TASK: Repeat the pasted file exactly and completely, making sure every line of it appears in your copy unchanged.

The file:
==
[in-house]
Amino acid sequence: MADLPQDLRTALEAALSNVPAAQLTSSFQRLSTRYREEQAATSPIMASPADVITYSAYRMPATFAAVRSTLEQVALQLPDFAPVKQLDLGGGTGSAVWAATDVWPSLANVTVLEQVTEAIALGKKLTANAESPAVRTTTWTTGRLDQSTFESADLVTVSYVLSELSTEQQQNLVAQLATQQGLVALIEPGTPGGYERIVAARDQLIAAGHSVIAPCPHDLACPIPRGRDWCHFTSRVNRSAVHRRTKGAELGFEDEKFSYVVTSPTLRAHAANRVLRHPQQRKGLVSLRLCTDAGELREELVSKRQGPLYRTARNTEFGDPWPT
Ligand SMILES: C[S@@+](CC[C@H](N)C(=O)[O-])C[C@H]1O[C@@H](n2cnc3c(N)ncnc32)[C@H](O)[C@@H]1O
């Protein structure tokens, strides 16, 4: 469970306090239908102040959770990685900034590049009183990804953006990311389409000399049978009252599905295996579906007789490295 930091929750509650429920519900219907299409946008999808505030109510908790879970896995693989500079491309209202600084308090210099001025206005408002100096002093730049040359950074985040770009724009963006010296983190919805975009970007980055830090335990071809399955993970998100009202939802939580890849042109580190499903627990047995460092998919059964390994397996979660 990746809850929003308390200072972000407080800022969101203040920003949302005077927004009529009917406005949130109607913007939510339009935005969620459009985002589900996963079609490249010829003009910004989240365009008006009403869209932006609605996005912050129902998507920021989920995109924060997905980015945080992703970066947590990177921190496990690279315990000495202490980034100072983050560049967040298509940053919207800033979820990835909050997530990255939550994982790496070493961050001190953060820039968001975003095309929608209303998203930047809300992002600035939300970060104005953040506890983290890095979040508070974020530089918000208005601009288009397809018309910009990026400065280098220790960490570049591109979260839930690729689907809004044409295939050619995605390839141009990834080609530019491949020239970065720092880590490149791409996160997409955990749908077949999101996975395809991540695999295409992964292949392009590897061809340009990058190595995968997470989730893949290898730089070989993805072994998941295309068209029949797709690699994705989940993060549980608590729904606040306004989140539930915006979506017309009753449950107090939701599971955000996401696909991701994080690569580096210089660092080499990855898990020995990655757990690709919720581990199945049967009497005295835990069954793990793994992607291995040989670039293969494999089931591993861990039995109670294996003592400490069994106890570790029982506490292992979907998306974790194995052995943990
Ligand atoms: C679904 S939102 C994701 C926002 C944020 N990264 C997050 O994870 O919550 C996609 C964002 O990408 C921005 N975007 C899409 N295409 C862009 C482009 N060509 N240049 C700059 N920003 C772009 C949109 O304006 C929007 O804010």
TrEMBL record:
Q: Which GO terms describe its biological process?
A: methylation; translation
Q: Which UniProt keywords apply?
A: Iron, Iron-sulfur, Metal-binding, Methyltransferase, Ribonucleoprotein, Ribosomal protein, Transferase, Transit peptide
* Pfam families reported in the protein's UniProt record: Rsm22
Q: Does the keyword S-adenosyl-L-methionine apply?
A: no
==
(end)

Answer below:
[in-house]
Amino acid sequence: MADLPQDLRTALEAALSNVPAAQLTSSFQRLSTRYREEQAATSPIMASPADVITYSAYRMPATFAAVRSTLEQVALQLPDFAPVKQLDLGGGTGSAVWAATDVWPSLANVTVLEQVTEAIALGKKLTANAESPAVRTTTWTTGRLDQSTFESADLVTVSYVLSELSTEQQQNLVAQLATQQGLVALIEPGTPGGYERIVAARDQLIAAGHSVIAPCPHDLACPIPRGRDWCHFTSRVNRSAVHRRTKGAELGFEDEKFSYVVTSPTLRAHAANRVLRHPQQRKGLVSLRLCTDAGELREELVSKRQGPLYRTARNTEFGDPWPT
Ligand SMILES: C[S@@+](CC[C@H](N)C(=O)[O-])C[C@H]1O[C@@H](n2cnc3c(N)ncnc32)[C@H](O)[C@@H]1O
């Protein structure tokens, strides 16, 4: 469970306090239908102040959770990685900034590049009183990804953006990311389409000399049978009252599905295996579906007789490295 930091929750509650429920519900219907299409946008999808505030109510908790879970896995693989500079491309209202600084308090210099001025206005408002100096002093730049040359950074985040770009724009963006010296983190919805975009970007980055830090335990071809399955993970998100009202939802939580890849042109580190499903627990047995460092998919059964390994397996979660 990746809850929003308390200072972000407080800022969101203040920003949302005077927004009529009917406005949130109607913007939510339009935005969620459009985002589900996963079609490249010829003009910004989240365009008006009403869209932006609605996005912050129902998507920021989920995109924060997905980015945080992703970066947590990177921190496990690279315990000495202490980034100072983050560049967040298509940053919207800033979820990835909050997530990255939550994982790496070493961050001190953060820039968001975003095309929608209303998203930047809300992002600035939300970060104005953040506890983290890095979040508070974020530089918000208005601009288009397809018309910009990026400065280098220790960490570049591109979260839930690729689907809004044409295939050619995605390839141009990834080609530019491949020239970065720092880590490149791409996160997409955990749908077949999101996975395809991540695999295409992964292949392009590897061809340009990058190595995968997470989730893949290898730089070989993805072994998941295309068209029949797709690699994705989940993060549980608590729904606040306004989140539930915006979506017309009753449950107090939701599971955000996401696909991701994080690569580096210089660092080499990855898990020995990655757990690709919720581990199945049967009497005295835990069954793990793994992607291995040989670039293969494999089931591993861990039995109670294996003592400490069994106890570790029982506490292992979907998306974790194995052995943990
Ligand atoms: C679904 S939102 C994701 C926002 C944020 N990264 C997050 O994870 O919550 C996609 C964002 O990408 C921005 N975007 C899409 N295409 C862009 C482009 N060509 N240049 C700059 N920003 C772009 C949109 O304006 C929007 O804010």
TrEMBL record:
Q: Which GO terms describe its biological process?
A: methylation; translation
Q: Which UniProt keywords apply?
A: Iron, Iron-sulfur, Metal-binding, Methyltransferase, Ribonucleoprotein, Ribosomal protein, Transferase, Transit peptide
* Pfam families reported in the protein's UniProt record: Rsm22
Q: Does the keyword S-adenosyl-L-methionine apply?
A: no